Self Acceptance Therapy: Embracing Your True Self
I read Call Me By Your Name by Andre Aciman at a perfect time in my life. I had not read any reviews or kept up with the fact it would soon be a movie. So, I was pleasantly surprised at how close it felt to my own evolution as a person and quite honestly as a lesbian. If you haven’t had the opportunity to read the book or see the movie, here is the spark notes version.
It takes place in 1980s Italy. Elio is a 17-year-old who spends his days with his family in their villa. They host exchange students each summer, which is how Elio and Oliver meet and form a beautiful relationship.
A quote I really enjoyed sums up the plot perfectly. “Amid the sun-drenched splendor of their surroundings, Elio and Oliver discover the heady beauty of awakening desire over the course of a summer that will alter their lives forever.”
Similarly, as a tween, I was discovering my sexuality and values in rural, conservative, religious Georgia, and while it is an experience that I am thankful for, I would not wish it on anyone. It was lonely and anxiety-provoking. There was a lot of shame and a lot of praying to the God I worshipped at the time to remove the very thing that made me myself.
Now, as someone who is completely “out” – it is like a million pounds were lifted off my shoulders and my heart. Living out my truth is beautiful, raw, vulnerable, and frightening. I have lost people, but I have gained a community that I hand-picked and that loves my future wife and me unconditionally.
At the end of “Call Me By Your Name”, Elio has a moment with his father that touched my heart. His dad said, “We may never speak about this again. But I hope you’ll never hold it against me that we did. I will have been a terrible father if, one day, you’d want to speak to me and felt that the door was shut or not sufficiently open.” This quote brought me to tears because it was such a beautiful way to say I love you, I accept you, and I am here for you.
As a therapist who identifies as a lesbian, I want to create a similar environment for my clients who may be struggling with family acceptance, self-acceptance, or identifying who they are and where they fit in this world.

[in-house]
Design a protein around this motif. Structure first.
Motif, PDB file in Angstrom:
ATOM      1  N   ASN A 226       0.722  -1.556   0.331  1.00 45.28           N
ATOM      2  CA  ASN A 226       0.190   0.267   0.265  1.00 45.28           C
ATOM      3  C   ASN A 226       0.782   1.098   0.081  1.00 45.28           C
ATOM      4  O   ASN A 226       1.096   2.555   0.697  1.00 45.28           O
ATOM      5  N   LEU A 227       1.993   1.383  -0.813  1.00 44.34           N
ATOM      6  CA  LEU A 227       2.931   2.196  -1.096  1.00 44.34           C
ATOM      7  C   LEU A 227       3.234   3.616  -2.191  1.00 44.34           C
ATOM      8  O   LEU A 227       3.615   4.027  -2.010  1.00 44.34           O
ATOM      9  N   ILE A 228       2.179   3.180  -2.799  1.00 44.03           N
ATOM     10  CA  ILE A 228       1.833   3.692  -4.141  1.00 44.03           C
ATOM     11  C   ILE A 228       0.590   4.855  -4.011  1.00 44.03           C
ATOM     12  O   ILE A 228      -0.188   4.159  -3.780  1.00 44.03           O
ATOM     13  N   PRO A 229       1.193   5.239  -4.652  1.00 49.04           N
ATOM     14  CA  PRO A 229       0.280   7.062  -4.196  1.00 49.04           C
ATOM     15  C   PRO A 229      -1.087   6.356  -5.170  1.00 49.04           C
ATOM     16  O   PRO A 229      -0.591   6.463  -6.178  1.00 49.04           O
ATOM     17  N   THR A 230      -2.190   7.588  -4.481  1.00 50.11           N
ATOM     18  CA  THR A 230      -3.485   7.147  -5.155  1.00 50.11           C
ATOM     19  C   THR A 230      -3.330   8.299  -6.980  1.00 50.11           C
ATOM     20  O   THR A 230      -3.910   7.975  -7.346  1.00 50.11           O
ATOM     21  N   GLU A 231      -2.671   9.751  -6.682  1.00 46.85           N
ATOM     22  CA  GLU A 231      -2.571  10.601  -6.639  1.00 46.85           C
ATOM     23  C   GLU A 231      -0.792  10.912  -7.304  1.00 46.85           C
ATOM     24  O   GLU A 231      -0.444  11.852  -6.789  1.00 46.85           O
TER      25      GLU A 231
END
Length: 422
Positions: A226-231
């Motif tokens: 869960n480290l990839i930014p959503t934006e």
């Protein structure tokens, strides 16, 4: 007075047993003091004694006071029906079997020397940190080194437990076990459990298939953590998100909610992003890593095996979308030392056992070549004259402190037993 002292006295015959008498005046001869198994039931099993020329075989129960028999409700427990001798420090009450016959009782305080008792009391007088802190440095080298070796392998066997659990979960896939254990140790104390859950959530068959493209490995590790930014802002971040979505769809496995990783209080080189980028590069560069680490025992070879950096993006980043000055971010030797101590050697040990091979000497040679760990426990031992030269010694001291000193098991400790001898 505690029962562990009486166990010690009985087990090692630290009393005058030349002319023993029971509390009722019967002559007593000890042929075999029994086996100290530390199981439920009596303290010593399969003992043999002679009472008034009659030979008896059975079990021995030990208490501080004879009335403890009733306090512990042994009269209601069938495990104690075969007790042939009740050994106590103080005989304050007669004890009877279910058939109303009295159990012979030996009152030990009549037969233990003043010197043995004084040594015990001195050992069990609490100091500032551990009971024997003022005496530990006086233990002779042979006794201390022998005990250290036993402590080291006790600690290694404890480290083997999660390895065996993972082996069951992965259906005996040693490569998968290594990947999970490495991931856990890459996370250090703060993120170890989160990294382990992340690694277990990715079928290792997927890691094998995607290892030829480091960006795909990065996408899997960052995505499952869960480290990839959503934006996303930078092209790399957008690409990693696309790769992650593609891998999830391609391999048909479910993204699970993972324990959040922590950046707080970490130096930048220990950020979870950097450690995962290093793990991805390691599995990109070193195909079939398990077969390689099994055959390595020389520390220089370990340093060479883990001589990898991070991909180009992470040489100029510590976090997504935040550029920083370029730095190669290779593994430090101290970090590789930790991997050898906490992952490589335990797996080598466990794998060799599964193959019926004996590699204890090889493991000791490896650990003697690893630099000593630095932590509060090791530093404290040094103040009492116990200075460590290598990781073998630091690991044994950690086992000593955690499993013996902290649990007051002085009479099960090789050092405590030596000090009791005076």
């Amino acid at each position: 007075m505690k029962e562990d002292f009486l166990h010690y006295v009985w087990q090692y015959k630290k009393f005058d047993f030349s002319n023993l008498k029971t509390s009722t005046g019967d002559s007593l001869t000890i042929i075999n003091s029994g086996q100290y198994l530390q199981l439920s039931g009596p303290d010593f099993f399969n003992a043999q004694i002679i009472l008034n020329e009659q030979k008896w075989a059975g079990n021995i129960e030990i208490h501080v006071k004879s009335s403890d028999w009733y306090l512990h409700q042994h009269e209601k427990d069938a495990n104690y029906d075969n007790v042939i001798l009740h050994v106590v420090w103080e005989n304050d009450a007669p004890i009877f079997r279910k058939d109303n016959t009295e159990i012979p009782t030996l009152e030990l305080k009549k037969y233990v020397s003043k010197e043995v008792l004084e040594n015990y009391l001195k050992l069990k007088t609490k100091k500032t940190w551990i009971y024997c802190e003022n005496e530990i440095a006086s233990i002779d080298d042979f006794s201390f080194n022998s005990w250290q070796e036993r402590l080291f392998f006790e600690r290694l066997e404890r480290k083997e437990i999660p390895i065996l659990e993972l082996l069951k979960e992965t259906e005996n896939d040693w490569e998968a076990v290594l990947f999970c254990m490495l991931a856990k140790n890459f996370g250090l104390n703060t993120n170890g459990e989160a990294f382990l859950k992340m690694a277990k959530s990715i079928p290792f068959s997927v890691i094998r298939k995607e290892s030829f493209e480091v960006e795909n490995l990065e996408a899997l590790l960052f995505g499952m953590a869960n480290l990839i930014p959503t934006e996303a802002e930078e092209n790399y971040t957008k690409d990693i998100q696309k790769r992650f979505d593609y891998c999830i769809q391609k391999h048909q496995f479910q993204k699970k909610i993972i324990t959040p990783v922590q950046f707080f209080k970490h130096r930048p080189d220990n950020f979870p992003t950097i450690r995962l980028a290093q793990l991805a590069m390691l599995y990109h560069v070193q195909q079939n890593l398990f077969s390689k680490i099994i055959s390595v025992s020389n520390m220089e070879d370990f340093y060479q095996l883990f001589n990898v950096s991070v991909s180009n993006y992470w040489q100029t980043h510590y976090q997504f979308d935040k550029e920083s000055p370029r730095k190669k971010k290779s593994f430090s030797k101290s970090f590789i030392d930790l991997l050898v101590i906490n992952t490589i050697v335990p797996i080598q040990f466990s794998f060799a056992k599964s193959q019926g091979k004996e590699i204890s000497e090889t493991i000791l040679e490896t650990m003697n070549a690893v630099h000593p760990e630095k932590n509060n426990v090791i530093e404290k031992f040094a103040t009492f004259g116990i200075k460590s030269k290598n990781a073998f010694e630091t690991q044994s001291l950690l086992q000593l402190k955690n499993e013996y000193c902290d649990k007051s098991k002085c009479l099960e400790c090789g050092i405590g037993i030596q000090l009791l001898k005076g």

Self-Acceptance: The Foundation of Our Well-Being
Self-acceptance is vital for our mental health and overall well-being, especially in the LGBTQ community. It’s about embracing every aspect of ourselves—our feelings, experiences, and personality traits.
According to Kristin Neff, a pioneer in self-compassion research, embracing unconditional self-acceptance is key to better mental health, helping us navigate difficult emotions and situations with more resilience.
Self-Acceptance Therapy, blending mindfulness and radical self-acceptance practices, is particularly beneficial for the LGBTQ community. It addresses negative self-talk and beliefs, using techniques like meditation to foster emotional intelligence and a sense of common humanity.
This therapy isn’t just about recognizing our positive qualities; it’s also about accepting our negative aspects, and understanding that experiencing challenging emotions or situations is part of the universal human experience.
This approach offers a pathway to a more authentic and peaceful life, reminding us that self-acceptance is a journey worth embarking on, no matter the challenges we face.
Embracing Self-Acceptance in the LGBTQ Community
In the LGBTQ community, self-acceptance is a unique journey of embracing both positive and negative emotions. This path is about more than acknowledging traits and feelings; it’s a transformative process of self-discovery.
For many LGBTQ individuals, this journey intertwines with experiences of coming out and confronting societal norms. It’s a deeply personal path, varying in challenges and victories. As Kristin Neff wisely notes, treating oneself with the same compassion as we would treat loved ones is essential.
Self-compassion, particularly through practices like mindfulness meditation, plays a crucial role. Research in Behaviour Research and Therapy highlights how self-compassion practices lead to better mental health, especially during tough times. Patience is key, as acceptance is a gradual, evolving process.
This journey, filled with challenges and triumphs, paves the way for true self-acceptance and psychological health. As we move forward, we’ll explore how overcoming both external and internal barriers is crucial in this transformative journey.
Overcoming External and Internal Barriers in the LGBTQ Community
Having explored the journey of self-acceptance, we now shift our focus to overcoming the barriers that often impede this process for LGBTQ individuals. This journey involves navigating both external societal pressures and internal personal challenges.
Addressing External Barriers
- Societal Norms and Discrimination: LGBTQ individuals often confront societal norms that may not align with their identity and experiences. This misalignment can lead to discrimination and marginalization, as well as various mental health conditions.